Ford skipped his classes the next day and found Warfield, who handed him a copy of Martin Luther King Jr.’s book “Strength to Love,” which was published in 1963. Ford found a shady tree and read it cover to cover in a matter of hours. He returned to Warfield that afternoon and told the professor, “I’m in. This is what I want to do.”

Ford went on to finish law school and earn a master's degree in conflict analysis and resolution from George Mason University. Along the way, he gained firsthand experience by completing an internship with INCORE, a United Nations initiative on ethnic conflict resolution in Derry, North Ireland, and teaching classes in alternatives to violence at inner-city schools in Washington, D.C., he said.

While in Northern Ireland, Ford recalled, he had a memorable conversation with an LDS branch president in a large but empty LDS chapel. Despite members' conversions, they were culturally Protestant or Catholic, and it was hard for them to worship together. Conflict had taken many away, the branch president told Ford.

"It would be hard to deliver a message about Jesus Christ when people are fighting and killing each other," Ford said. "He told me something that stuck with me: The gospel is the ultimate message that brings peace, but sometimes people aren’t ready to hear that until they are at peace with themselves."

SportsTalk.com

While Ford was earning his graduate degrees in the late 1990s, he was also building a future in sports journalism.

He and a friend, Jason Peery, went to a library to find literature (Ford called it “HTML for Dummies”) to help them learn to code their own website, which they named SportsTalk.com. Their idea was to offer rabid NFL and NBA fans links to every article that mentioned their favorite team, Ford said.

“(The website) looked horrendous,” Ford said. “The internet was the Wild West then, but we had an idea to create a linking service. It’s a common thing now, but at the time, no one was really doing it with sports.”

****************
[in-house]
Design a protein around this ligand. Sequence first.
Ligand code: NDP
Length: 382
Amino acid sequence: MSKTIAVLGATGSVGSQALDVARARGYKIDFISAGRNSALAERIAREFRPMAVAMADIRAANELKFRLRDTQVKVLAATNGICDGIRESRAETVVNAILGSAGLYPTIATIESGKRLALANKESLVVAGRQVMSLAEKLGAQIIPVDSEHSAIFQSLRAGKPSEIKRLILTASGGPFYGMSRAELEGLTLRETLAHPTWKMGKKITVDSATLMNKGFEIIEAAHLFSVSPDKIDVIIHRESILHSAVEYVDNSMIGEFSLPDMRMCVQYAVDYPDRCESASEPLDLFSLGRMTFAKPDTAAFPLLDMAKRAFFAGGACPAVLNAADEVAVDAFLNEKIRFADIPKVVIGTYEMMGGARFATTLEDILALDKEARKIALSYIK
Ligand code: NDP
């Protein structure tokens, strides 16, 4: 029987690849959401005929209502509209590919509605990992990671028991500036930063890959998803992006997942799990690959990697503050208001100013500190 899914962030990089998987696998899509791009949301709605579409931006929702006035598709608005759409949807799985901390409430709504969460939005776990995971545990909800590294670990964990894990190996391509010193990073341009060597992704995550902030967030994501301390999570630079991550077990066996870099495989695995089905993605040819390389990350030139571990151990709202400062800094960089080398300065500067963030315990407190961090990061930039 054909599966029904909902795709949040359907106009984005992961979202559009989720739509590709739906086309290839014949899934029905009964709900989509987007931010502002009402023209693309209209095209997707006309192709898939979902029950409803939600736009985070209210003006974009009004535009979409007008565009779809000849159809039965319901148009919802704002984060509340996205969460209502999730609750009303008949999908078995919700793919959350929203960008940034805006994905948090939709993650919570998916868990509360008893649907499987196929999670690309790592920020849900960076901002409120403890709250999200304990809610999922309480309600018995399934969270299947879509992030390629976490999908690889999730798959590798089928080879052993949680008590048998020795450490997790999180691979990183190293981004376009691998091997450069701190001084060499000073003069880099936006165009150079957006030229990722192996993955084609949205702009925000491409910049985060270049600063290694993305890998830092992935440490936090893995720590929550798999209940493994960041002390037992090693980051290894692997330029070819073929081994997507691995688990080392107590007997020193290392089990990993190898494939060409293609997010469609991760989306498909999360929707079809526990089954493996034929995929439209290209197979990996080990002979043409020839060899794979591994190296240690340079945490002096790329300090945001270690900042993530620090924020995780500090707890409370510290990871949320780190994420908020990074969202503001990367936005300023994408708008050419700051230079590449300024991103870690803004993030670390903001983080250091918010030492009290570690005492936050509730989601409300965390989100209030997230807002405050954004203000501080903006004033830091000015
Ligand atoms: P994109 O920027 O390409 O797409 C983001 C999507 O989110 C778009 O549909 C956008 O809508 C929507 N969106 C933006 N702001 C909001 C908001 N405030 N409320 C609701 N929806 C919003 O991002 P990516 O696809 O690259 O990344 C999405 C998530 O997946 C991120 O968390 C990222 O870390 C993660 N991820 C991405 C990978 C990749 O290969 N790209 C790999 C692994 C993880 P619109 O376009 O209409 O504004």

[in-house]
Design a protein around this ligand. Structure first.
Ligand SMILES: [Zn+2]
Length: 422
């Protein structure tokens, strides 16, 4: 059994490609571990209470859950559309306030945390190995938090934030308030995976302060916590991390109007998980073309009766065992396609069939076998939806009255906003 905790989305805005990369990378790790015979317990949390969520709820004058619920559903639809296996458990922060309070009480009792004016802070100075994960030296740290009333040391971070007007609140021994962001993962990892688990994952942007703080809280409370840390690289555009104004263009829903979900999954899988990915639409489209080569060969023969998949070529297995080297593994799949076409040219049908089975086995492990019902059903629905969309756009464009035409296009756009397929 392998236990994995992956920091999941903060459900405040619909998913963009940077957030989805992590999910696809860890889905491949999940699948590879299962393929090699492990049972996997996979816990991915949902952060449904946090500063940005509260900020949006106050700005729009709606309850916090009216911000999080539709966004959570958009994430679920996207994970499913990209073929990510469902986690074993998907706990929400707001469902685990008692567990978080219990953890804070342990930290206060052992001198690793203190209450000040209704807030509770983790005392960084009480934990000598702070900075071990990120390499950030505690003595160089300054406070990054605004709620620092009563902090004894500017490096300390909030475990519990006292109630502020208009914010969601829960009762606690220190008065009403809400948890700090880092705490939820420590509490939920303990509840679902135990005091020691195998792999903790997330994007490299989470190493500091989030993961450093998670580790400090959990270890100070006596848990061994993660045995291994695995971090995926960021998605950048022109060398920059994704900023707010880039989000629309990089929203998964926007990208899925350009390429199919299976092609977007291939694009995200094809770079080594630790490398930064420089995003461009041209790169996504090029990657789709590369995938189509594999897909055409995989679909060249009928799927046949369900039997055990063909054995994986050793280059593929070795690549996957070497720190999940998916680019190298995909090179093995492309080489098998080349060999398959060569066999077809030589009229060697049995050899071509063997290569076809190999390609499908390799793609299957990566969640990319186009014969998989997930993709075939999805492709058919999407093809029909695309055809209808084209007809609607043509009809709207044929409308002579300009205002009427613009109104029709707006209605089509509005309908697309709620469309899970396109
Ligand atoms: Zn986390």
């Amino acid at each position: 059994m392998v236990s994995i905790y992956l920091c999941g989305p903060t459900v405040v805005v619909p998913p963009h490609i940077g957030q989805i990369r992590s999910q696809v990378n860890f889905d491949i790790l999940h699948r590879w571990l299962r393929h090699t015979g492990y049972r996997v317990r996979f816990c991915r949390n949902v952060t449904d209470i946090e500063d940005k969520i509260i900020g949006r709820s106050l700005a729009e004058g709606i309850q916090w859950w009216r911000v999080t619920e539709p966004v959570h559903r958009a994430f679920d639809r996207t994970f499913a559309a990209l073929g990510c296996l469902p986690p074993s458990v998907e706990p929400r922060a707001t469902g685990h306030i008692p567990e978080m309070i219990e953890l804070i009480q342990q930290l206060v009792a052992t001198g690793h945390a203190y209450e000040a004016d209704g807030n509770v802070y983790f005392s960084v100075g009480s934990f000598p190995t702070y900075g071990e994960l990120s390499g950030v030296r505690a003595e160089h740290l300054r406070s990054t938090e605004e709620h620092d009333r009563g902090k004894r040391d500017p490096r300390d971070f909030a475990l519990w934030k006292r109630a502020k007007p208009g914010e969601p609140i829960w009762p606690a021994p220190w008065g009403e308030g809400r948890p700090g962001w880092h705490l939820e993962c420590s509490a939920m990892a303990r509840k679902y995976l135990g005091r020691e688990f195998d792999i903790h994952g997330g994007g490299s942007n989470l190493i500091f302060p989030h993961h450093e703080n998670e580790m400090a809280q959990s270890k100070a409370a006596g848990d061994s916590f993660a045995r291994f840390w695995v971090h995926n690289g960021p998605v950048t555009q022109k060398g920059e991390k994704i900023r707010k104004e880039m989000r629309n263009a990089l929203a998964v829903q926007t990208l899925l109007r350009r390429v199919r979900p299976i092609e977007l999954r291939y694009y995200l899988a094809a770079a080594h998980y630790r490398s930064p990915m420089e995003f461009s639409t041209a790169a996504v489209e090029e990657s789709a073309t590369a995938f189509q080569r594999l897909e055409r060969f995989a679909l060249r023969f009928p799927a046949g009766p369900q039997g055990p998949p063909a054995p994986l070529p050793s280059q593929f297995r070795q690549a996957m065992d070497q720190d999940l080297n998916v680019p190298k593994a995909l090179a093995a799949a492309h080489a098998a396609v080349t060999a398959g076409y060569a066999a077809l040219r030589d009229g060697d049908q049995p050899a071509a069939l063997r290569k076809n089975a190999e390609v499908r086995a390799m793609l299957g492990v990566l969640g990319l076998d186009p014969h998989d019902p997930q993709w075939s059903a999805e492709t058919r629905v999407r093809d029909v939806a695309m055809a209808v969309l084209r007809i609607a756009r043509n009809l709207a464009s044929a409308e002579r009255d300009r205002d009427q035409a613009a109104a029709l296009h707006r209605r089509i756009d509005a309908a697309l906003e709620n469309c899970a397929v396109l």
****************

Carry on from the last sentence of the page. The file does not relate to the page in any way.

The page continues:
Their website became a popular destination for sports agents and pro organizations because it provided everything being said about their clients and teams. As a result, Ford and Peery developed relationships with key people in the world of professional sports. Ford and Peery received messages that said things like “We love your stuff” or “They are writing this but it isn’t true,” and they would update the website often each day, Ford said.

The website’s first big scoop came before the 1999 NFL draft, Ford said, when a member of the Indianapolis Colts emailed inside information: “Everybody thinks we are going to take Ricky Williams, but we are going to take Edgerrin James.”

“We wrote that as our first breaking news,” Ford said. “We started doing a lot of that.”

In 2001, as Ford was graduating and trying to figure out his next step in life, the website’s traffic exploded with millions of unique visitors a month. By then it was managed by a staff of five, and not one lived in the same city, Ford said. They were selling advertisements but also incurring huge expenses through their servers. Several companies expressed interest, and the web team decided to sell to ESPN in 2001. The staff and website became “Insider” on ESPN.com.

“That’s how I ended up at ESPN,” Ford said.

Following the transition, the website’s NBA writer quit, and the website struggled to sell subscriptions. Some questioned its survival. To save money, Ford, who has been in an editorial role, stepped in to cover the NBA, and the situation improved, he said.

While covering the NBA was a thrill, it came to dominate Ford’s life. In a competitive business with 24-hour breaking news, especially around trade deadlines and free agency, Ford couldn’t sit through church meetings without constantly monitoring his Blackberry, he said.

“The lifestyle of being a full-time NBA reporter wasn’t healthy for me and my family,” Ford said. “While I loved basketball, there were other things in life that needed my full attention. It was time to make a change.”